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Canít Sue for Snow
by Ron Davis
Shopping center visitors are largely responsible for their own safety when winter storms create hazardous conditions. That, in essence, was the rationale behind a recent Kentucky legal decision favoring the owners of a Lexington shopping center.
A visitor to that shopping center had slipped and fallen on packed snow there one winter day, and she blamed the centerís owners for the mishap. She claimed they had negligently failed to clear the centerís parking lot of snow and ice, resulting in her fall and injury.
In response, the centerís owners argued that Kentucky law does not recognize a landownerís duty to clear snow or warn against the obviously slippery condition of a parking lot after or during a snowfall.
On the day the woman fell, however, the centerís owners reacted to a heavy snowfall that morning by trying to keep the parking lot cleared. Plowing services had worked to remove the snow on two occasions. But in all more than a foot of snow fell during the storm, and snow had again blanketed the centerís parking lot by the time the woman drove onto the centerís property and parked her car.
Actually, the womanís visit to the shopping center was the second that day. Despite her knowledge of the condition of the centerís parking lot, she had returned to a grocery store there to purchase additional items. As a result of her fall, she broke an ankle.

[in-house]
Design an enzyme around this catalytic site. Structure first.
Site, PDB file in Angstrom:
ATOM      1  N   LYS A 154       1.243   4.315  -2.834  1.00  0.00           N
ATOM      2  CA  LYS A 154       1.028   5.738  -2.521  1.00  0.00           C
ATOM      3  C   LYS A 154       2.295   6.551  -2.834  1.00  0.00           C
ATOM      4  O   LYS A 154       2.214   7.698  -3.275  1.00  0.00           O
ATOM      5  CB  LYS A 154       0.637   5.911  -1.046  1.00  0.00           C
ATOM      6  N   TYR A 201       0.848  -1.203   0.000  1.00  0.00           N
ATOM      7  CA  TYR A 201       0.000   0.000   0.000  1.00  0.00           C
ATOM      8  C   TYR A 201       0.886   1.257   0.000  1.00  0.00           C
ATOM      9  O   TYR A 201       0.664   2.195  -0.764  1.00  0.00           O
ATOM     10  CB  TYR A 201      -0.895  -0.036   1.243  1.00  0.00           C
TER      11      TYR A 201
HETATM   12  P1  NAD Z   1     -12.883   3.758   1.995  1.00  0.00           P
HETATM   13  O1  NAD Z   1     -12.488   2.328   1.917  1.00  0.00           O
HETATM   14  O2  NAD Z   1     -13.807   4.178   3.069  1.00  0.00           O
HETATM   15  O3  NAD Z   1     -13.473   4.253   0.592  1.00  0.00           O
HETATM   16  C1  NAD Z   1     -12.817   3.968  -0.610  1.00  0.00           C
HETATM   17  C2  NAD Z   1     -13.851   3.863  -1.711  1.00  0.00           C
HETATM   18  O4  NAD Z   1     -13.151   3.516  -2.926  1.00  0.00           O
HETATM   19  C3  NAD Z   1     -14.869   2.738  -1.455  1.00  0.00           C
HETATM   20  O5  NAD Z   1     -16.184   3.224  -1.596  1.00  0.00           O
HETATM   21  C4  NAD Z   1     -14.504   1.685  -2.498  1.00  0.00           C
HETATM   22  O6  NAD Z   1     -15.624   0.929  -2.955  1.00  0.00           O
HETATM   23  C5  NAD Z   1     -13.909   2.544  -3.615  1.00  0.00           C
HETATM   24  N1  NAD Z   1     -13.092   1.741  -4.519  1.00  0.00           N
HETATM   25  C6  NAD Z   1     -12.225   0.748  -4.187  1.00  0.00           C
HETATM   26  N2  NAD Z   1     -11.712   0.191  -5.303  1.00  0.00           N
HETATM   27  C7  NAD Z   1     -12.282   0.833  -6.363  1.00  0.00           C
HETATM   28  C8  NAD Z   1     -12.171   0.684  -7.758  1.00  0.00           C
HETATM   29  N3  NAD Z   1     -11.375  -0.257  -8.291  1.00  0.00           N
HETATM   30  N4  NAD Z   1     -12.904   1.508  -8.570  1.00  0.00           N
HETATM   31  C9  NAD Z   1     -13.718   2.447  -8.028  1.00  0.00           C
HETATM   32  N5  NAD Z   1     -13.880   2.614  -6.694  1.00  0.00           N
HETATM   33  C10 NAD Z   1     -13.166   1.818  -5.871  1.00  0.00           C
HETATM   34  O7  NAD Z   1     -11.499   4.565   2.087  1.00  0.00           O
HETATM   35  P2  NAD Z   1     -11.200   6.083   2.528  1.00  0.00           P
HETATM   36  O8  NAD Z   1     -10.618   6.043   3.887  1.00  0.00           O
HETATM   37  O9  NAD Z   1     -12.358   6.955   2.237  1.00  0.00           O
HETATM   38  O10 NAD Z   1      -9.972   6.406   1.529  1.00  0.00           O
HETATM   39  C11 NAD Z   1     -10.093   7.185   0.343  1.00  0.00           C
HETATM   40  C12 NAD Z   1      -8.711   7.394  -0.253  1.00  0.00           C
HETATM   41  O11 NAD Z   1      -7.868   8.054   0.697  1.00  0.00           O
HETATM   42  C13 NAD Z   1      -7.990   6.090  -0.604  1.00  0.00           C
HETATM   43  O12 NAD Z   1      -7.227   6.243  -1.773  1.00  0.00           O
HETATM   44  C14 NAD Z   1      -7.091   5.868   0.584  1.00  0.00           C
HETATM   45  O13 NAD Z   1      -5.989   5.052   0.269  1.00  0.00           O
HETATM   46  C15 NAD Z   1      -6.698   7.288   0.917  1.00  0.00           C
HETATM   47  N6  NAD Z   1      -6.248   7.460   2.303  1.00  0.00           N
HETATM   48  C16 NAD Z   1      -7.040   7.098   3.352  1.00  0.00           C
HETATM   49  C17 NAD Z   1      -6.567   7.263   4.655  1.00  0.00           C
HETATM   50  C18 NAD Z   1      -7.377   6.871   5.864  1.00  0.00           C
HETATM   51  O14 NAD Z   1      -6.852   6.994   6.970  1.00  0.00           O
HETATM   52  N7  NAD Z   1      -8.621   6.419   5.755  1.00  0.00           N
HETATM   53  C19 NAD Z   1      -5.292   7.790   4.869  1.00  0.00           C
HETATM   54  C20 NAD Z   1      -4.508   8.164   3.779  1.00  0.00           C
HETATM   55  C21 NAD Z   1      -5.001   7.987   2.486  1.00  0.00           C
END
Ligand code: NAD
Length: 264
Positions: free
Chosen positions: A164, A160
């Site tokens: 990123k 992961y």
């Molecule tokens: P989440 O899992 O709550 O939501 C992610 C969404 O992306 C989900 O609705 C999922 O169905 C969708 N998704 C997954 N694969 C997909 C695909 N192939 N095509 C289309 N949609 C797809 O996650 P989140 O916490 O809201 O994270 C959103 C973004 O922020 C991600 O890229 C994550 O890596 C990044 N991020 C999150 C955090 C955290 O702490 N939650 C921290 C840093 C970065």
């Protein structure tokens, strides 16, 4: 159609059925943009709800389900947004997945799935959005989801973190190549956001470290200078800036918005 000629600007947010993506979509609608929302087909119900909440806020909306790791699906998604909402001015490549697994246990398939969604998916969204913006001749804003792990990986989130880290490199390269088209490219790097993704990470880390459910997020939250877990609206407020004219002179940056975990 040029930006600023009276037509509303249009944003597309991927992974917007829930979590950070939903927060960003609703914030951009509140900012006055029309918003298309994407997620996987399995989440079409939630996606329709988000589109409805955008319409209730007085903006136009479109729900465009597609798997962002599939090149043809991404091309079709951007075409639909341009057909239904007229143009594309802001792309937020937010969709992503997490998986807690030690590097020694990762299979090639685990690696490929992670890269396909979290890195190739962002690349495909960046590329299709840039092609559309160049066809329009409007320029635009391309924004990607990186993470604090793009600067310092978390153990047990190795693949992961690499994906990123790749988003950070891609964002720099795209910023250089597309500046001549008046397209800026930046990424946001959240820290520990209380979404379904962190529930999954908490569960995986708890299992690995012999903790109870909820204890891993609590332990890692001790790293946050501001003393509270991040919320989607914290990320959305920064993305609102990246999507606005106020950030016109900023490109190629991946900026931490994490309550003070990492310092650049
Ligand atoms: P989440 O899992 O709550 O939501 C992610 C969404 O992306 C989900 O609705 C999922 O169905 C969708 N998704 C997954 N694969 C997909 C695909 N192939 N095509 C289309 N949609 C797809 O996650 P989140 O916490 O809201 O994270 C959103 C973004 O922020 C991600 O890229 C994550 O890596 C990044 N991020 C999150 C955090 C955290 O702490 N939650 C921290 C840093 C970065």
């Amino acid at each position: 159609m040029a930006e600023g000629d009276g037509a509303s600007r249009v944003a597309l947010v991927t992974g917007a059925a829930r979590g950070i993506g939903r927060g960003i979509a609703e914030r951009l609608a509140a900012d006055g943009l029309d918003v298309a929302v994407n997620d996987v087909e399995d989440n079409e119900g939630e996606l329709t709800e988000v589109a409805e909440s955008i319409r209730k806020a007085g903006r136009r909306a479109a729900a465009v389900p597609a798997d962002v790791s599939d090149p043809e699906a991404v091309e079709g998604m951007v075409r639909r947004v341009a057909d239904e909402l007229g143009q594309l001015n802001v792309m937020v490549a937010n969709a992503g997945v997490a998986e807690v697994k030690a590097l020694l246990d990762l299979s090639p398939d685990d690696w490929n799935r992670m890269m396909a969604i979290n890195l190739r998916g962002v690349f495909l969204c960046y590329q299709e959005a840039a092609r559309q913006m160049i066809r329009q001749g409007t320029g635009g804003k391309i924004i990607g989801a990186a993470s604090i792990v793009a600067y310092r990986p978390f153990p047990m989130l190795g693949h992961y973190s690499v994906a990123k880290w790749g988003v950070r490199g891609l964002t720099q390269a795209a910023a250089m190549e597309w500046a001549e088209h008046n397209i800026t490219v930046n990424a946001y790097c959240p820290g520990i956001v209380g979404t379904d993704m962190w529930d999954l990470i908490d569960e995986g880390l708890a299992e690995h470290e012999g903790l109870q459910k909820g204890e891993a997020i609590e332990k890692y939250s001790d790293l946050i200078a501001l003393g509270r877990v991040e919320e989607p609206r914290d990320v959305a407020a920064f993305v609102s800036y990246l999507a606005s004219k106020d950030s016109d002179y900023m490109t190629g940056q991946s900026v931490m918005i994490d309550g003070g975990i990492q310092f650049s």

A Kentucky court, in ruling in favor of the shopping centerís owners, concluded that no duty existed for them to either remedy or warn against the obvious natural hazard posed by the snow-covered parking lot.
The woman appealed that decision.
A Kentucky appellate court agreed with the lower court, explaining, ďOn her second visit to the shopping center, the woman was placed on notice that the parking lotís condition had not changed since her first visit. Despite her awareness of the obvious slick and icy condition there, she chose to walk in the parking lot. These facts support the finding that the property owners had no duty to clear the snow or to warn her of an obvious natural hazard that was readily apparent to her prior to her unfortunate injury.Ē (Vickers v. Bellerive Development, Inc., 2004 WL 67857 [Ky.App.])
Decision: February 2004
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